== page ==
Buying stock where you work
Should you invest in your employer? asked Chris Seabury at Yahoo. There is no simple answer: Buying stock in the company that signs your checks "has benefits and drawbacks that differ from investing elsewhere." As an employee, you may get a discount on the stock's price, and you may have better knowledge than the average investor of the company's performance. The pitfall, of course, is that if the firm runs into trouble, "you might have to face the risk of both unemployment and a decline in the stock." Experts suggest capping your investments in company stock at 5 to 10 percent of your overall portfolio. And as you get closer to retirement, minimize risk by reducing "your allocation even more."

Payback for home equity loans
If you have an open line of home equity credit, brace yourself for higher payments, said Lisa Prevost at The New York Times. These loans "were aggressively marketed from 2004 to 2007, and now the bills are coming due" as the typical 10-year breaks on paying back principal expire. Experts suggest that this is a good time to review the terms of your equity line. If you have doubts about being able to make the higher payments, explore your options with the lender. If there's equity in your home, you can refinance the loan; if not, ask the lender for a forbearance plan. "All lenders will look at this differently from the perspective of the borrower's situation," said mortgage consultant Allen Jones. "But it starts with the borrower understanding where they are."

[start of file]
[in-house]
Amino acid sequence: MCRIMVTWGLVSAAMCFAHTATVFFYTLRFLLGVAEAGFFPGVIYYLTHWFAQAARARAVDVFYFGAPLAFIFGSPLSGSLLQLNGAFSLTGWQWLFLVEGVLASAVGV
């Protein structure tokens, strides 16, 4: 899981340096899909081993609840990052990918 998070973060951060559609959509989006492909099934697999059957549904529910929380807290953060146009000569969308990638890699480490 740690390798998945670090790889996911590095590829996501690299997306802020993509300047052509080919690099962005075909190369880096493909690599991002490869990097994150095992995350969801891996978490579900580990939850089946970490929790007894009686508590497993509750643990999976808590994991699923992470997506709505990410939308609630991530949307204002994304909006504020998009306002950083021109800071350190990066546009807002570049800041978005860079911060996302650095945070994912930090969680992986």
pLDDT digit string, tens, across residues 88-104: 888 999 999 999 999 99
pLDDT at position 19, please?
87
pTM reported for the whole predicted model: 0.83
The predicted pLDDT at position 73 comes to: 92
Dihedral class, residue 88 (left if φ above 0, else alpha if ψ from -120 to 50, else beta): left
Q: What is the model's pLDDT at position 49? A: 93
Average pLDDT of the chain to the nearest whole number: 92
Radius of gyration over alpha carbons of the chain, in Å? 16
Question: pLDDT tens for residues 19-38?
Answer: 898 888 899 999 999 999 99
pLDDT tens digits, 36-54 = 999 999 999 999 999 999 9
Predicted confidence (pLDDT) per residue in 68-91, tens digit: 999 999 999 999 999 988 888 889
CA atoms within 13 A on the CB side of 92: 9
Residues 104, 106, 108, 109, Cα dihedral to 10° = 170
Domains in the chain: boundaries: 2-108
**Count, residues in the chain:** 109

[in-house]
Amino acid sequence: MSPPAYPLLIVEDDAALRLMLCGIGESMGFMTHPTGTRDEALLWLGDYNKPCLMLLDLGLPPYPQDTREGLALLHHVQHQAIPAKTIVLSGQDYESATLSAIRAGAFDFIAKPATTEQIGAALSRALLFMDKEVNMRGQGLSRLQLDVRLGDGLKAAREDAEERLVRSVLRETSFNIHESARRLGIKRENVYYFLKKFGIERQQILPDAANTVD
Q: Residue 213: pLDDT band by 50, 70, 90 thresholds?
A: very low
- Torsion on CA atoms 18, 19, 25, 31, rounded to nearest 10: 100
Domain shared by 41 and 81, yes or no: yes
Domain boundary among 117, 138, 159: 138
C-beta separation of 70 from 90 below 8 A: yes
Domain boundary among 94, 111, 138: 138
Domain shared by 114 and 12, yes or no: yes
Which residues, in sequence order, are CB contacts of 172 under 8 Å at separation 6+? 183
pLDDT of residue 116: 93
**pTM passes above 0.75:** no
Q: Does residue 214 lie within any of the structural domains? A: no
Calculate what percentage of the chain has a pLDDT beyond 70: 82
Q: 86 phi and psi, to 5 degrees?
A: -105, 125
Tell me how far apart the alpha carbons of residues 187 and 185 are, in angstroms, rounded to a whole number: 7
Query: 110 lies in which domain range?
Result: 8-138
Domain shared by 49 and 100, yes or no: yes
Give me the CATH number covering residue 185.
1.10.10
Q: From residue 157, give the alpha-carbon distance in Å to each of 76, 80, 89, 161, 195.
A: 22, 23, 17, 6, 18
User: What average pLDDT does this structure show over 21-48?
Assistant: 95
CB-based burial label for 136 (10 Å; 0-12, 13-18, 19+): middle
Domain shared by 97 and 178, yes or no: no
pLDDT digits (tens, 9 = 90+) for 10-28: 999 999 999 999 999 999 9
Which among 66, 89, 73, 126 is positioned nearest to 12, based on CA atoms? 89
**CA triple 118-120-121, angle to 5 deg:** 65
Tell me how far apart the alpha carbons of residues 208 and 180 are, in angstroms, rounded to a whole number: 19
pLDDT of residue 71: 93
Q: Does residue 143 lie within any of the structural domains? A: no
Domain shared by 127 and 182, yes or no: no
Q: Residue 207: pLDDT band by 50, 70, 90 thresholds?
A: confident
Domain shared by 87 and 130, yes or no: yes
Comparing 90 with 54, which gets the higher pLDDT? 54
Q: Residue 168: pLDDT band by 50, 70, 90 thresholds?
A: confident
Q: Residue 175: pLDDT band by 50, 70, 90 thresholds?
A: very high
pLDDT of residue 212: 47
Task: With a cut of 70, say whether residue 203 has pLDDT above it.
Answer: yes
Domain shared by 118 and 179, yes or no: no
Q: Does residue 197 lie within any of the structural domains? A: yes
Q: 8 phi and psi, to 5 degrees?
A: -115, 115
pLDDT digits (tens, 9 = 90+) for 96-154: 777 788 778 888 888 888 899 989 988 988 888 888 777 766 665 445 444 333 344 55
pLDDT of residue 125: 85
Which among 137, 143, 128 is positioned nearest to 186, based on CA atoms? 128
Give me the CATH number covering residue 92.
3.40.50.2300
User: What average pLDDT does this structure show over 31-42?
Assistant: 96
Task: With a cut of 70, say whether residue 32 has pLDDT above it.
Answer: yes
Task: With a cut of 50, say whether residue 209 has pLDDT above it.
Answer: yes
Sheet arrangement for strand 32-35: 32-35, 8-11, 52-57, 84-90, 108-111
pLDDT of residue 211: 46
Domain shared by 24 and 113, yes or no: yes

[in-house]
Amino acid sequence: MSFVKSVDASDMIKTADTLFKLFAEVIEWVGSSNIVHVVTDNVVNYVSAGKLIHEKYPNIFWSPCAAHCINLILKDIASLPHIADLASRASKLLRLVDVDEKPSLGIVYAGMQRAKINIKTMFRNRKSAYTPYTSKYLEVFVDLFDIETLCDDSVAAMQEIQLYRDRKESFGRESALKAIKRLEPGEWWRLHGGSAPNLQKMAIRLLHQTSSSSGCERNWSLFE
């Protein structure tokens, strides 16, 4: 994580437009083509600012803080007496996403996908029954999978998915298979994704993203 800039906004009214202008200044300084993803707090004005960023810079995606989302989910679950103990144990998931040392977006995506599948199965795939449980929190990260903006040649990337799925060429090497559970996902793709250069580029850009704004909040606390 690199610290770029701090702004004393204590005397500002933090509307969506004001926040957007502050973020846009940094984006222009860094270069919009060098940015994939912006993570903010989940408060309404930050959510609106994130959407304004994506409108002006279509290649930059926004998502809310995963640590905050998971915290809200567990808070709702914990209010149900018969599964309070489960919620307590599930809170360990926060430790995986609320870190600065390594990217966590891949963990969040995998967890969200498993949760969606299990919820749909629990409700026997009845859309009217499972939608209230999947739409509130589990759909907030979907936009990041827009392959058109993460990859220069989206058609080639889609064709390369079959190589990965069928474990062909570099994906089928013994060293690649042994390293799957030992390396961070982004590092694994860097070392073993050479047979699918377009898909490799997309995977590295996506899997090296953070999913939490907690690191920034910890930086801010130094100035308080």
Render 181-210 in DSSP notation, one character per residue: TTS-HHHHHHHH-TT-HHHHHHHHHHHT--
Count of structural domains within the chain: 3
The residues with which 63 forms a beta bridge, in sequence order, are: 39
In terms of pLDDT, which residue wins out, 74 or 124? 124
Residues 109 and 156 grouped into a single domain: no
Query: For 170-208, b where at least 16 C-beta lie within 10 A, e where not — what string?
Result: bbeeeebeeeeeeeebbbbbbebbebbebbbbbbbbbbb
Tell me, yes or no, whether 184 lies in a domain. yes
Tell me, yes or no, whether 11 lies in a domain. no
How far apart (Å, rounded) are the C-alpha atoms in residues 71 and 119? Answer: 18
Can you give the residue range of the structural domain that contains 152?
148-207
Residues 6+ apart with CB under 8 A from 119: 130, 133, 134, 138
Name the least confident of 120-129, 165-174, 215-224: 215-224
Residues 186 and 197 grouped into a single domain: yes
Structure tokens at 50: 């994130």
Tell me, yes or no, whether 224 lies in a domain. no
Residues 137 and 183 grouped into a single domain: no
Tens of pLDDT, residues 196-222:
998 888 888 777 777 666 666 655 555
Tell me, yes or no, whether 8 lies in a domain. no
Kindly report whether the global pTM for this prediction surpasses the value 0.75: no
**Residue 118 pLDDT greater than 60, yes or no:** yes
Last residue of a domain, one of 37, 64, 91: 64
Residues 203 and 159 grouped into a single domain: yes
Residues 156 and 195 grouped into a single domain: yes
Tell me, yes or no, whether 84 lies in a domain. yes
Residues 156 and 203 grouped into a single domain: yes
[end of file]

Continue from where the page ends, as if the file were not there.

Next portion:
Are platinum cards worthwhile?
It may be time to cut up the platinum credit card, said AJ Smith at Credit.com. While such sought-after cards offer "major perks for cardholders," they're not for everyone. The first thing to consider in deciding to go platinum is your debt level. Customers already in debt should avoid these cards and look instead for products with lower interest rates. If you're a debt-free frequent traveler, however, a platinum card might be a smart option. They often offer airline perks, including points, rapidly accumulating miles, rebates, access to airport lounges, and special upgrades and amenities at hotels. And for big purchases, platinum cards can offer "longer coverage for purchases that are fraudulent, damaged, or lost" — features that could make a premium card's annual fee worth it.